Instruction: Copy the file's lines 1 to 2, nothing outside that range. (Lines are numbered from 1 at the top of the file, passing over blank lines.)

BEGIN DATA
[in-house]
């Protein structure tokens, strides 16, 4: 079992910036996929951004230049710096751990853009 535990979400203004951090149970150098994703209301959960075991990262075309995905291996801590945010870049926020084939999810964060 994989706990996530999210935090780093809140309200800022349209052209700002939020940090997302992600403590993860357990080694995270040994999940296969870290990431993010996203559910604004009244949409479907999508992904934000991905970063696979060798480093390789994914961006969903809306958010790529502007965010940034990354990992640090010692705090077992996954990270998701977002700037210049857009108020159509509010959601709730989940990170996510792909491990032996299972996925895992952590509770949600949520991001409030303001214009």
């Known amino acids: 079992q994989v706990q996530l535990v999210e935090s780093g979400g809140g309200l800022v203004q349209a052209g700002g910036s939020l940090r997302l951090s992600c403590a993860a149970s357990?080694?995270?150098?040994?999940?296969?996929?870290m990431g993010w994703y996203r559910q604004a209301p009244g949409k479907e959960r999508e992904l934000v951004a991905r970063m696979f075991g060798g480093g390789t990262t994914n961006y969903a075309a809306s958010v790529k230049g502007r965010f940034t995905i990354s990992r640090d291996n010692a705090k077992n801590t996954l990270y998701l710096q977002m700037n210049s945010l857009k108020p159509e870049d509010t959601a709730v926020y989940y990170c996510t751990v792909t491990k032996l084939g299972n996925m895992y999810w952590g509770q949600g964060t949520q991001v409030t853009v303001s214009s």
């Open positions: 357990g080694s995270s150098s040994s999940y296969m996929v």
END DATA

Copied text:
[in-house]
């Protein structure tokens, strides 16, 4: 079992910036996929951004230049710096751990853009 535990979400203004951090149970150098994703209301959960075991990262075309995905291996801590945010870049926020084939999810964060 994989706990996530999210935090780093809140309200800022349209052209700002939020940090997302992600403590993860357990080694995270040994999940296969870290990431993010996203559910604004009244949409479907999508992904934000991905970063696979060798480093390789994914961006969903809306958010790529502007965010940034990354990992640090010692705090077992996954990270998701977002700037210049857009108020159509509010959601709730989940990170996510792909491990032996299972996925895992952590509770949600949520991001409030303001214009």